Death: Concepts of Life and Resurrection

Soul, Death, & Grace Chapter 1
Yesterday: Interruption to Life

The hypothesis this study has set forth as needing to be examined is that there is a potential for death, soul, and grace to so interact in daily life as to limit permanently the inbreaking future, or, to result in that future.

Such a concept has inherent in it a factor of accountability and reward-result, that, if found to reflect reality, would mean one would be able to determine through study death’s meaning when and after it visits.

How would such a concept turned reality actually function? I am getting ahead. Such answers will only formulate themselves at the conclusion of our study. Back to the start!


Soul, Death, and Grace

For a general milieu with which to focus our speculations, notice the following concepts: “Christ became one flesh with us, in order that we might become one spirit with Him. It is by virtue of this union that we are to come forth from the grave, – not merely as a manifestation of the power of Christ, but because, through faith, His life has become ours.” DA, p. 388. “Those who see Christ in His true character, and receive Him into the heart, have everlasting life. It is through the Spirit that Christ dwells in us; and the Spirit of God, received into the heart by faith, is the beginning of the life eternal.” Ibid.

“The people … referred Christ to the manna which their fathers ate in the wilderness …” but “the manna could sustain only this earthly existence; it did not prevent the approach of death, nor insure immortality; but the bread of heaven would nourish the soul unto everlasting life.” Ibid.

“Persecution cannot do more than cause death, but the life is preserved to eternal life and glory.” 3 SM, p. 421.

“When he suffers death for the sake of Christ, Christ says to him, “They may kill the body, but they cannot hurt the soul.” Ibid., p. 420.

What a concept! I keep getting ahead! Back to the beginning.

“In the creation of man before the entrance of sin, every part of nature was in perfection; God had nothing to take down as unnecessary to his plan. He needed to set into operation no power by which to dispossess; he needed to inaugurate no opposing force. But through the calamity of sin, the work of disintegration was begun, and the beautiful temple of God’s building was defiled and laid in ruins. God no longer was a dweller in the heart of man. To oppose and bring to naught the work of the enemy, the promise was given, ‘I will put enmity between thee and the woman …’

“In the councils of heaven, hope was furnished for the fallen race. Jesus Christ offered his life as a ransom for the lost, as the price by which he might purchase the right to re-create the sinner, and form again the image of God in the soul… .

“Everyone who should believe in Jesus, should be recreated to walk in newness of life, and from the ruins that Satan had wrought through sin, should arise in purity and holiness the fallen temple of the Lord. Man was to be reconstructed … 3 ST, p. 259.

The heart of man was to again be the dwelling place of God, partly through the restoration of the image of God in the soul. “The soul is capable of purification and sanctification, capable of attaining, through the offering of Christ, the heavenly treasure, even the gift of life that shall measure with the life of Jehovah.” 3 ST, p. 53. “… yet through submitting themselves to Satan, men have lowered themselves to fulfill the devices and plans of Satan, thus completing the ruin of soul, body, and spirit.” Ibid., p. 51.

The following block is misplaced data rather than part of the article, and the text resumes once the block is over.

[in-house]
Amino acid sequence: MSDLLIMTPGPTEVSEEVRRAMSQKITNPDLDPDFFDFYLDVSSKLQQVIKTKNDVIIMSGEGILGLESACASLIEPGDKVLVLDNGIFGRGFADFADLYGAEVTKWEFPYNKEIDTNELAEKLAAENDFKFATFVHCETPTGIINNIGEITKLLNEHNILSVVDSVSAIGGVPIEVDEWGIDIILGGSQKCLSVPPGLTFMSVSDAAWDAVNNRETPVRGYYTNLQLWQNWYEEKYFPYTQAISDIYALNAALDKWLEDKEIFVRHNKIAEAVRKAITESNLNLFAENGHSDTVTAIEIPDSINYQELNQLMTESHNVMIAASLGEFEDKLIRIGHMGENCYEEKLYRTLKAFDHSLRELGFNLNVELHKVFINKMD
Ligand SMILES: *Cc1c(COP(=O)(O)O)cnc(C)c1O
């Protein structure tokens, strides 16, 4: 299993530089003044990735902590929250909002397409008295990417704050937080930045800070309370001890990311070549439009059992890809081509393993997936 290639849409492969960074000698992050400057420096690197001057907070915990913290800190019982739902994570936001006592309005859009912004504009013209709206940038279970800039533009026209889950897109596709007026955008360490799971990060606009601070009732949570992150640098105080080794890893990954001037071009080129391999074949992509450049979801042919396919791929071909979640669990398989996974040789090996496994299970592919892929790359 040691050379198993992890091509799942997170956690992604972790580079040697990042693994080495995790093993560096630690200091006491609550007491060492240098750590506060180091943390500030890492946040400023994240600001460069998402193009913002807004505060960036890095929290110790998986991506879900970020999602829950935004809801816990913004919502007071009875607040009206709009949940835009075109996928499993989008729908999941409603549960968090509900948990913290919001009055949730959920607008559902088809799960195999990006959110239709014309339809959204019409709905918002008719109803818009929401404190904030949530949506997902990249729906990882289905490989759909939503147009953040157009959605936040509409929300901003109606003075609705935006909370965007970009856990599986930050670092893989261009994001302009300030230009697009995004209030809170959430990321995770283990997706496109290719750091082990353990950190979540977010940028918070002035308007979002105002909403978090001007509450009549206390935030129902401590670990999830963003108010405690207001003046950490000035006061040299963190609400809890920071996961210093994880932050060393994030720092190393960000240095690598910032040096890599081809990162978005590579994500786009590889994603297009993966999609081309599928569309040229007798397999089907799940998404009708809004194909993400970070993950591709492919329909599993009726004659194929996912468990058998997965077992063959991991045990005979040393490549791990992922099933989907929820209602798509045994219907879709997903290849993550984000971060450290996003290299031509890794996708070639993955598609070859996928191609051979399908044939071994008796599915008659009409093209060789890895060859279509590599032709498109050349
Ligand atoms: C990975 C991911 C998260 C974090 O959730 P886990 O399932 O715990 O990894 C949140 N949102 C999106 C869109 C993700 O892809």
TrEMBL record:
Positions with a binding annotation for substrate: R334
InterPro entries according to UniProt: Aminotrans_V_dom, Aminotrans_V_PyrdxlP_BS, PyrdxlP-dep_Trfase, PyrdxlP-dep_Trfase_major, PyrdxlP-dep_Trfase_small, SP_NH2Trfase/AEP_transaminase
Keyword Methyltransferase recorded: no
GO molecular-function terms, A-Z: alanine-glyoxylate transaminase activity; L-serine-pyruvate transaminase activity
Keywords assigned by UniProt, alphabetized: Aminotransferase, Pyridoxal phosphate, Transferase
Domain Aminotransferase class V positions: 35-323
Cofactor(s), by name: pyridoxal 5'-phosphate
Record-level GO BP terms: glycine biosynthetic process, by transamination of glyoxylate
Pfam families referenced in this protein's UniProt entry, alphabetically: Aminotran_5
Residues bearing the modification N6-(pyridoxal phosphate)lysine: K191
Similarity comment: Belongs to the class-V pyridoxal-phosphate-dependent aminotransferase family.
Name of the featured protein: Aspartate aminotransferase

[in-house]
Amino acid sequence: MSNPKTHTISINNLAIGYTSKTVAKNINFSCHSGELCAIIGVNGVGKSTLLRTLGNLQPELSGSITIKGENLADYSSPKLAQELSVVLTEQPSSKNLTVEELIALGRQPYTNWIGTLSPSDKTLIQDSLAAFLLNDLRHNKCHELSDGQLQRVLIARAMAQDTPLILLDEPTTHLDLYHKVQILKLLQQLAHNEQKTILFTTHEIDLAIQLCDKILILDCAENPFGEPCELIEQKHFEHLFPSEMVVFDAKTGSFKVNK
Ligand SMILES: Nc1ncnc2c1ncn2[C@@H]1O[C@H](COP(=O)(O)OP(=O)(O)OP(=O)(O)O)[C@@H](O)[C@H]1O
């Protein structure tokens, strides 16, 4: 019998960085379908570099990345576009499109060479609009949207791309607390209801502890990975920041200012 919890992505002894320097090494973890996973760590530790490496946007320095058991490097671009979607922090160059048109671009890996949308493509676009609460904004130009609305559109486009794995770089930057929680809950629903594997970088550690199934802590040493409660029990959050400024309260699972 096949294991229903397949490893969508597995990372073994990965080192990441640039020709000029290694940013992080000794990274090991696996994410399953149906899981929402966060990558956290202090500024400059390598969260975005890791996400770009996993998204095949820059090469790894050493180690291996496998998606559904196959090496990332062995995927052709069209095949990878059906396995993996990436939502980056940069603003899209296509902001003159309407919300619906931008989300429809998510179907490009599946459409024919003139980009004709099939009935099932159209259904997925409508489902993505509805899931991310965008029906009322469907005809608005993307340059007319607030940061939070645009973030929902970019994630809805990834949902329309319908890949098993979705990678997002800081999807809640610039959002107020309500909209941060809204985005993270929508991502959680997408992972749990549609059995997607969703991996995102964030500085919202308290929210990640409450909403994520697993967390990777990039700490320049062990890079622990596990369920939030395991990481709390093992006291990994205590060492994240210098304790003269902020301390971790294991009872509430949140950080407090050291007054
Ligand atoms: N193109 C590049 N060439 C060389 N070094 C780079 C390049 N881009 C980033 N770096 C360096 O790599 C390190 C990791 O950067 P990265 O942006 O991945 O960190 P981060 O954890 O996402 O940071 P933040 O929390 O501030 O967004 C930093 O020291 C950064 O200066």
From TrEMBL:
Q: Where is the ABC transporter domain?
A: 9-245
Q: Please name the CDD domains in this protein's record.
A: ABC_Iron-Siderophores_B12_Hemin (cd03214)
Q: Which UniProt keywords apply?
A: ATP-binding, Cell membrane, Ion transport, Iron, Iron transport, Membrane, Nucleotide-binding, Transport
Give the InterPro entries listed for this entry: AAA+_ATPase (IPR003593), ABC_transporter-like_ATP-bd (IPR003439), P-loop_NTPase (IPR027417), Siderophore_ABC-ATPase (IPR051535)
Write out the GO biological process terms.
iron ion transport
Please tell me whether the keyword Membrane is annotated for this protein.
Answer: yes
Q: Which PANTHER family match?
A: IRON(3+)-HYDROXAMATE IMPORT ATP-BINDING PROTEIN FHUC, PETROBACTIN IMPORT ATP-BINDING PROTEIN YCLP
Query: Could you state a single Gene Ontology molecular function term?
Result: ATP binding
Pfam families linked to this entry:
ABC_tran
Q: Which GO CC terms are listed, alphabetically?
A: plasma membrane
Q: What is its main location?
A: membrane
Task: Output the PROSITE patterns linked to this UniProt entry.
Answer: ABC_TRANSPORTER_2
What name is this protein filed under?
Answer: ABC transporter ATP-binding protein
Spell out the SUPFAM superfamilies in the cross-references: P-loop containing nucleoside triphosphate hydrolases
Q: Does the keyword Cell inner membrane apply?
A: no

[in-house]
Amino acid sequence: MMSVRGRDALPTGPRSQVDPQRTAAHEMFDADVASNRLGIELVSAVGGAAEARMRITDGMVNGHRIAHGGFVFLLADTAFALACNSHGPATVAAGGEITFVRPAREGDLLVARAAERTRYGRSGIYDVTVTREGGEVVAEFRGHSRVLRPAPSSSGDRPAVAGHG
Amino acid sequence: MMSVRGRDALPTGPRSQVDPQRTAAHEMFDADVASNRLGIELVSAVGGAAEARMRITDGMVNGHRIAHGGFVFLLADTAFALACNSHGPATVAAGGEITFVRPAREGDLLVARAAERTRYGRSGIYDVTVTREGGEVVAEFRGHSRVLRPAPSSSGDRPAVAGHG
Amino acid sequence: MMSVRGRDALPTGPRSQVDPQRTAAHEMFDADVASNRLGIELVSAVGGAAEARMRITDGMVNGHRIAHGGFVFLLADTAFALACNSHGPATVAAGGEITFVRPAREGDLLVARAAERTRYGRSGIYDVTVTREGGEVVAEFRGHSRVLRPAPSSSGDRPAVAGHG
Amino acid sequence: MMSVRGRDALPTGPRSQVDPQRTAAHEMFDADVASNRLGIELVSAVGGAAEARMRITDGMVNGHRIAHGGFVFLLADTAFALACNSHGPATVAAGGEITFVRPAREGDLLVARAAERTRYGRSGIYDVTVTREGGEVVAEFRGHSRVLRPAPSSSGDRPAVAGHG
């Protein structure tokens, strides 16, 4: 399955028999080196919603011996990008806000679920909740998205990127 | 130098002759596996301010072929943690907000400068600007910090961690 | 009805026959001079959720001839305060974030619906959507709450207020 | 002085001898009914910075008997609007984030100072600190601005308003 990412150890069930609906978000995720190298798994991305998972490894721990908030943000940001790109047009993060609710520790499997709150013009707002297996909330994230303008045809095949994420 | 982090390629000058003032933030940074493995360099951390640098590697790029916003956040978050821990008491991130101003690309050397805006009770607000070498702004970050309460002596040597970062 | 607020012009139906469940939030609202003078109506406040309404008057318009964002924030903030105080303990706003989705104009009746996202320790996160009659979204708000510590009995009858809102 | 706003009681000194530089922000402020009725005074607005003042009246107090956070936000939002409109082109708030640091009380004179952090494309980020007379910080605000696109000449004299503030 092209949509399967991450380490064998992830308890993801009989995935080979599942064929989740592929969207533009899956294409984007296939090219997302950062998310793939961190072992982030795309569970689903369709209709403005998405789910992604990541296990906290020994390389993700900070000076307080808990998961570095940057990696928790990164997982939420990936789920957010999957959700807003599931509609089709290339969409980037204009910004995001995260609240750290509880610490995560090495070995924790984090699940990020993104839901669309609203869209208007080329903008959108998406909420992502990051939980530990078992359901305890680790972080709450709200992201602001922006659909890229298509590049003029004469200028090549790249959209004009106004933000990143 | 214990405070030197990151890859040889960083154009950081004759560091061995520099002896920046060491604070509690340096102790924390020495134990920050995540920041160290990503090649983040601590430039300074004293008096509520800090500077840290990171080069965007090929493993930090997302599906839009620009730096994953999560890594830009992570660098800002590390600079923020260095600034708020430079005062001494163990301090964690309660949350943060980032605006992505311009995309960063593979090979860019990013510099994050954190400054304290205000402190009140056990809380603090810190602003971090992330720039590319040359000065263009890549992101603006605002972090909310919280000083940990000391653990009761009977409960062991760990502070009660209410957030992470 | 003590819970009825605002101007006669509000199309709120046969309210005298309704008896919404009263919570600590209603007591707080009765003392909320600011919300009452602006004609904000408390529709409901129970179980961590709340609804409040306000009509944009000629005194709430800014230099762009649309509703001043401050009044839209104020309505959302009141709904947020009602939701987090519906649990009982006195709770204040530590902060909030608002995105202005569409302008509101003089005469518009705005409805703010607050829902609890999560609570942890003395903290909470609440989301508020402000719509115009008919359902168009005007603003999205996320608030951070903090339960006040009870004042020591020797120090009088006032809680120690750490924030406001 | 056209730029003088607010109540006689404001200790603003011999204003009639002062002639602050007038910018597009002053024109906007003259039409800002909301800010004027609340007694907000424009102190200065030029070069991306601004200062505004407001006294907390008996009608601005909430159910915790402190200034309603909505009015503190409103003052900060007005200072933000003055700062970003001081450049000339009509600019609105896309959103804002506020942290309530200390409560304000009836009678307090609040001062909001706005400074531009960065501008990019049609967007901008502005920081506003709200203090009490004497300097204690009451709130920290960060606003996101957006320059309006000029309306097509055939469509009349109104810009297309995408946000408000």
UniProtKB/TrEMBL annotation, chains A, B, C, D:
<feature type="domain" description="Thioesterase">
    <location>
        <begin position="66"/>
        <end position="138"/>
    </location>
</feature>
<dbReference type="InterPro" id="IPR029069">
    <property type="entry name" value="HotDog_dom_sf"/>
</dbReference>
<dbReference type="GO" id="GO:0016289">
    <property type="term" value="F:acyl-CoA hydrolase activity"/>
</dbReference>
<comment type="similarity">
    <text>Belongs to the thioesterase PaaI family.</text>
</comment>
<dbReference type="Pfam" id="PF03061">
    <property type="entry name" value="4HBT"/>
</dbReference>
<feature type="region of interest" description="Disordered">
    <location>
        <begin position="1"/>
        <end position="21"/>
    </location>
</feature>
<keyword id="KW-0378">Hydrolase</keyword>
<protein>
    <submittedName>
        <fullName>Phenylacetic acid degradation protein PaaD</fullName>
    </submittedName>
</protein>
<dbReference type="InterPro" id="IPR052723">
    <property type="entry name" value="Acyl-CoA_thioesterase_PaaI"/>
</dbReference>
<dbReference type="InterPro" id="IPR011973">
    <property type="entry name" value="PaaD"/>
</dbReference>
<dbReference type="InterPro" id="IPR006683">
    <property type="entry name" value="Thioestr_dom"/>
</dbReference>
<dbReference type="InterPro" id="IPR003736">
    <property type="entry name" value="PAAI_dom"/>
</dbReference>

If one is to speak classically, here, the phrase total depravity is obviously to be applied in the sense of the entire man being affected, rather than as the evaluation meaning that man can get no worse.

The lowest point of moral degradation is reached not at the time of the fall but just prior to the first appearing of Christ on the earth, when, “The deception of sin had reached its height, all the agencies for depraving the souls of men had been put in operation.” DA, p. 36. The Son of God “saw how men had become victims of Satanic cruelty…. They had chosen a ruler who chained them to his car as captives.” Ibid.

“Satan’s agencies were incorporated with men. The bodies of human beings, made for the dwelling place of God, had become the habitation of demons. The senses, the nerves, the passions, the organs of men, were worked by supernatural agencies in the indulgence of the vilest lust. The very stamp of demons was impressed upon the countenances of men…. Such was the prospect upon which the world’s Redeemer looked. What a spectacle for Infinite Purity to behold.” Ibid., p. 36.

“Sin had become a science, and vice was consecrated as a part of religion…. Rebellion had struck its roots deep into the heart, and the hostility of man was most violent against heaven. It was demonstrated before the universe that, apart from God, humanity could not be uplifted. A new element of life and power must be imparted by Him who made the world.”

“With intense interest the unfallen worlds had watched to see Jehovah arise, and sweep away the inhabitations of the earth…. At the very crisis, when Satan seemed about to triumph, the Son of God came with the embassage of divine grace…. When the fullness of the time had come, the Deity was glorified by pouring upon the world a flood of healing grace that was never to be obstructed or with drawn till the plan of salvation should be fulfilled…. Then Jesus came to restore in man the image of his Maker.” DA, p. 37f.

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